NO LONGER DOING THE BARE MINIMUM

How recovery is pushing me to the next level

September 27, 2019

For Daniel John Joseph, doing things independently and seeing positive results is something that he can truly appreciate in recovery.  So is the ability to set high standards and create strong goals, something he was not used to before. The 25-year-old student at Penn State University is majoring in psychology, with a minor in neuroscience.  

Daniel received an Ammon Recovery Scholarship award in August to assist him with his Fall 2019 semester.  Soon after, he shared the following with us, “ I feel extremely honored and proud.  Throughout most of my life, I have always underachieved and only desired to do the bare minimum.  After getting into recovery, I realized that I would not be successful in my life or my recovery with that kind of attitude.  Since then I have realized that I can achieve if I work hard, which has been a huge part of my recovery. The feeling of working hard and succeeding to achieve new levels in all aspects of my life is my new pursuit.  Receiving the scholarship though was especially meaning for me though because it was one of the first selective processes that I have accomplished on my own. For example, when applying to Penn State, I received a lot of help from my sister when doing the editing, wording, and content.  For the Ammon Foundation, I did all my editing by myself, it was purely a creation of my own, so to receive an award like this is especially meaningful to me because I did it all on my own. It means a lot to me and I really appreciate it.”

Daniel shared his story by providing answers to the following questions: 

Can you share your recovery story? I, like many others, began my use in high school, although the signs of addictive potential showed much earlier in my life.  My use progressed into a lifestyle and that lifestyle led me to a full-blown opiate addiction by my sophomore year of college.  It was then where I first reached for help, but that was just the beginning. I spent the next four years in and out of jails and institutions, finding only temporary success ranging from a couple of days to over a year.  My breaking point came when I was again arrested, I have been in the court system before and knew that to get out of this I had to rededicate my life to recovery. It was then that I decide to enter into a long-term residential rehab for the next nine months.  That was two years ago, today I have a life I could not have previously imagined.  I can be a son to my family, a friend to my friends, a helping hand to those in need, and a student to a university.”

How has addiction or alcoholism hindered your ability to pursue an education in the past?  “In the past I would always go for what I knew I could do, but never challenged myself.  Today I am only interested in reaching outside of my comfort zone to do something that will be challenging, something I can really be proud of.  Addiction also led me to drop out of university two previous times.” 

What is your education and career goal? “It has been a while since I have taken any math or sciences, although the last time I went to school and was sober I excelled, this leads me to believe that today when my sobriety is even stronger, that I can excel at math and science as well.  I say this because my goal is to become either a physician assistant or a doctor.  If I try my best and see that my talent isn’t math and science, I am also content with pursuing a Ph.D. in psychology, which I know I am capable of, but like I previously said, I am more interested in really challenging myself and reaching out of my comfort zone.”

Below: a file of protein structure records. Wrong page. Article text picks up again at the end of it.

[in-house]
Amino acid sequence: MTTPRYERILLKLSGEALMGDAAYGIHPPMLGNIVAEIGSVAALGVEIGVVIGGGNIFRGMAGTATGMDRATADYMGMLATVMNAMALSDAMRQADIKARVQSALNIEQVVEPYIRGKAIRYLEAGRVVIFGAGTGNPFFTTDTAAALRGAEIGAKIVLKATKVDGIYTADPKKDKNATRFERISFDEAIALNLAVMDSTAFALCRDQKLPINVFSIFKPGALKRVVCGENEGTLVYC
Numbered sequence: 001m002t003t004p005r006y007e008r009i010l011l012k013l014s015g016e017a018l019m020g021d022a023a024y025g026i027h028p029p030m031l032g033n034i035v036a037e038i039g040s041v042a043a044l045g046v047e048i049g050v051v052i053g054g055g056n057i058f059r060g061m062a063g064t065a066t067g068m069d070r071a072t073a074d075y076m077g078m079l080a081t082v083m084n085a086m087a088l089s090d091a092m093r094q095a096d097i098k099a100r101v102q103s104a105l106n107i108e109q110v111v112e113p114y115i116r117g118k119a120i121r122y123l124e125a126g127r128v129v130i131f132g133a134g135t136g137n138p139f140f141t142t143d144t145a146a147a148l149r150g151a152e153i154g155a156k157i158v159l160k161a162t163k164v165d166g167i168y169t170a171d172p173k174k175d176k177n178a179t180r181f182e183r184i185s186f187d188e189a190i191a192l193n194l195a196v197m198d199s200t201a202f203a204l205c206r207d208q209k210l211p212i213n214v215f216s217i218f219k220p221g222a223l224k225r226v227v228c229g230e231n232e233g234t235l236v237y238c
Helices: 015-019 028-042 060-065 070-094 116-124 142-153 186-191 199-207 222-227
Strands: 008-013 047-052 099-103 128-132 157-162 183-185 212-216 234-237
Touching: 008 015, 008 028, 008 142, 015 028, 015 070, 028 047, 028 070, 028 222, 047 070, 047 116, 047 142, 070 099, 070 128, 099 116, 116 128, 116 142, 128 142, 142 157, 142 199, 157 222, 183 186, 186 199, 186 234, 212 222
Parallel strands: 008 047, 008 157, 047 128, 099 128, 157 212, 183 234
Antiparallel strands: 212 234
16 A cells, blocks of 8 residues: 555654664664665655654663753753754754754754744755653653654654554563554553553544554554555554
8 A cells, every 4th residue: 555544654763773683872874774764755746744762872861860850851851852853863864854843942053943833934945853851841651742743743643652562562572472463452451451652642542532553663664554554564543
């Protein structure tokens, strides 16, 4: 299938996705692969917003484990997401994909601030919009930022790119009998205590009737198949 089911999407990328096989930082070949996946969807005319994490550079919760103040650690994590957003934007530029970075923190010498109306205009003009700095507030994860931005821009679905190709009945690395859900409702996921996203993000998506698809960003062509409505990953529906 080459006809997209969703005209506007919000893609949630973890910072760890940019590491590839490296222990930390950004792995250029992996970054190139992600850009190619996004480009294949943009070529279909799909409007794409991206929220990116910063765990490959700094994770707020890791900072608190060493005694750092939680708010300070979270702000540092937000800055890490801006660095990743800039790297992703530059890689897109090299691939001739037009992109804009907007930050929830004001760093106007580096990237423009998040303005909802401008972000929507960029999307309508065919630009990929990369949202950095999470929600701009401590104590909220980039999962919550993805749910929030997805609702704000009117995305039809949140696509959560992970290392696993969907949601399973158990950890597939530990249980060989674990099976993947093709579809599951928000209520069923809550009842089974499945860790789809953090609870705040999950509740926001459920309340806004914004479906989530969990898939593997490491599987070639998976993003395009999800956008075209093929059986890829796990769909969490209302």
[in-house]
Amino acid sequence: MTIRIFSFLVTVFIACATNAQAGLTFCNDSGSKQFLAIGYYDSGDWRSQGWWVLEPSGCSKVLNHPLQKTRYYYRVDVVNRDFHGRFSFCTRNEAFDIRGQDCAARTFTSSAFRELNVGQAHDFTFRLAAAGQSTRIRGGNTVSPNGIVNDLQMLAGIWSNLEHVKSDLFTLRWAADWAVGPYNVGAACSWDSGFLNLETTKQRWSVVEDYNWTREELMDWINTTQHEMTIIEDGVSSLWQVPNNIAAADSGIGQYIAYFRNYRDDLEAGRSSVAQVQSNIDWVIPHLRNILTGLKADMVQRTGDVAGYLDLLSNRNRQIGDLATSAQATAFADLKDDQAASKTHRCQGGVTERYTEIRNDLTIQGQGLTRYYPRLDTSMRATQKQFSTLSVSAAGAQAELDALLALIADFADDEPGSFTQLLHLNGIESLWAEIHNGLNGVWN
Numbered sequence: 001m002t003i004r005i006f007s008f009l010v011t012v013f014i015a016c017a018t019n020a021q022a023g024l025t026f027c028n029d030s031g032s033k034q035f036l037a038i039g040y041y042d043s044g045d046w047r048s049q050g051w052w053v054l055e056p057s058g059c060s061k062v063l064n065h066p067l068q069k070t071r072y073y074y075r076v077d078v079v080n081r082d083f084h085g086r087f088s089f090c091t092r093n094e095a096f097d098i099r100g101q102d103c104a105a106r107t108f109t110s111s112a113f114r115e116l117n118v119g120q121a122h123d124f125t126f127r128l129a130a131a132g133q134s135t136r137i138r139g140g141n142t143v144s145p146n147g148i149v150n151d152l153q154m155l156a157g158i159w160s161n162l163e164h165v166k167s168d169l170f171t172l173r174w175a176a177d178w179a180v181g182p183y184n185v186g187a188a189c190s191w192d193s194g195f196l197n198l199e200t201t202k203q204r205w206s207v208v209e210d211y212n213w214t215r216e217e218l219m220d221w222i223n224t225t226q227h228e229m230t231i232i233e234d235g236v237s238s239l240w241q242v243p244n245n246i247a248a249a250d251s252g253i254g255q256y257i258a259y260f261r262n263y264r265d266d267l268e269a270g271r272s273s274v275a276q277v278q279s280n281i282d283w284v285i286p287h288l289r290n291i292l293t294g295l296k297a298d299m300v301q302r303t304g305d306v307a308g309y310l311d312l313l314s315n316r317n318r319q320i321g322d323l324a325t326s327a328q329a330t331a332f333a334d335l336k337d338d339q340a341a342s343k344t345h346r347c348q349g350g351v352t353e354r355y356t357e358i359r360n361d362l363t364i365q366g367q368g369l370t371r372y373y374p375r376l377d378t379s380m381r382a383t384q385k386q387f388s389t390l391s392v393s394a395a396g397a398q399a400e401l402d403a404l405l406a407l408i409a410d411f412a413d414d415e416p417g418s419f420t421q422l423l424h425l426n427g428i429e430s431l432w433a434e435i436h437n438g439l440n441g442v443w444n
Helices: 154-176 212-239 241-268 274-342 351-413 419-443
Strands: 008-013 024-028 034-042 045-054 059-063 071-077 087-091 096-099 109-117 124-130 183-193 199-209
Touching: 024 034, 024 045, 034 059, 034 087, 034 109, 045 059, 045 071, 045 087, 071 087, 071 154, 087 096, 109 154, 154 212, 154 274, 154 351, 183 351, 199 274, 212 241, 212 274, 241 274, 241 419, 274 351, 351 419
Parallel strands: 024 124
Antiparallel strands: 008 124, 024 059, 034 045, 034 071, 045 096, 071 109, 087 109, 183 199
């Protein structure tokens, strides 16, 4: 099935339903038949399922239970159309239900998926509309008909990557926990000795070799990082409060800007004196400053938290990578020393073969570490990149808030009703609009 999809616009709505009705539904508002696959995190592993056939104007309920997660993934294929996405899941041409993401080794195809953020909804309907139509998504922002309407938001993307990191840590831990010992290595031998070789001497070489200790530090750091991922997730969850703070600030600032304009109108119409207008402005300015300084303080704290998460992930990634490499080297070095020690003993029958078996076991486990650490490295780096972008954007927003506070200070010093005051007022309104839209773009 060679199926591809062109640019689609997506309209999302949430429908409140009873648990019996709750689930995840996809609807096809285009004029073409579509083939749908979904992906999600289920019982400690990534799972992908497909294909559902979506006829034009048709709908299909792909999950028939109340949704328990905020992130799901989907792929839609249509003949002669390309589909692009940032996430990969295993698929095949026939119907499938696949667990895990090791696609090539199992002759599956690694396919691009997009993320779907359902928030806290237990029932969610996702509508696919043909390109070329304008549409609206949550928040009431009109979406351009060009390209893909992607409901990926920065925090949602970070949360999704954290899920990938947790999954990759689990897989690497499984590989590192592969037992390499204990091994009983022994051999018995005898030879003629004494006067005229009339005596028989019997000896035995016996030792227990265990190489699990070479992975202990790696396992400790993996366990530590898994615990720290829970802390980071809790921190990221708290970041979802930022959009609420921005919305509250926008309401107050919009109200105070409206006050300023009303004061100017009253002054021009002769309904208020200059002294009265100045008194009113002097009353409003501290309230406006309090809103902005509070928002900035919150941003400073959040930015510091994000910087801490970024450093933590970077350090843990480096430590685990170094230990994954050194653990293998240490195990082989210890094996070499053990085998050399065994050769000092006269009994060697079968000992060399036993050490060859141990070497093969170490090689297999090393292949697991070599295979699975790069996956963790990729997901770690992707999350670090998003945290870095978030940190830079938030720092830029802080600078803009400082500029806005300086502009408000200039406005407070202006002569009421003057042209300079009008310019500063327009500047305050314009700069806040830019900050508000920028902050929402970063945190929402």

Why is it important for you to pursue education while in recovery? “ It is important to me because I believe in the whole person model of recovery.  I am not interested in simply staying sober, I did that before and I lost interest in staying sober because that was all I really had.  I want to accomplish things in all aspects of my life, I want to highly achieve in every area. Education is a huge aspect of pursuing excellence in all areas of life and pushing to the next level.”

What are or have been some of your biggest hurdles in obtaining an education?  “Because of my substance use, I have a scattered academic record and an extensive list of misdemeanors.  The combination of the two has made getting into school not impossible but led to a lot of extra work. Also, last time I was in school, I was newly sober and in shock, as I had been away from school for some time, I was not able to connect with the student body or really share my experiences with anyone.  I am looking forward to going to Penn State because they took the time to hear my story and accepted me despite the baggage I come with, they are also a very good understanding of recovery as they have a huge support system for recovery there including a close-knit community of recovery housing.”

When Daniel submitted his answers, he sent the photo above.  We followed up with one of the most important questions we could ever ask, what’s the name of your dog? He responded by saying, “The puppy in the picture is Cooper!  He is the family dog and we love him greatly.”

Our blog features the profiles of other recipients of the scholarship award, as well as information about how to apply.  Applications for the Spring 2020 semester are open now and are due on November 1, 2019 for 2- and 4-year students.  Applications are reviewed on a rolling basis for trade and vocational students. 

2019-09-26T12:34:03-04:00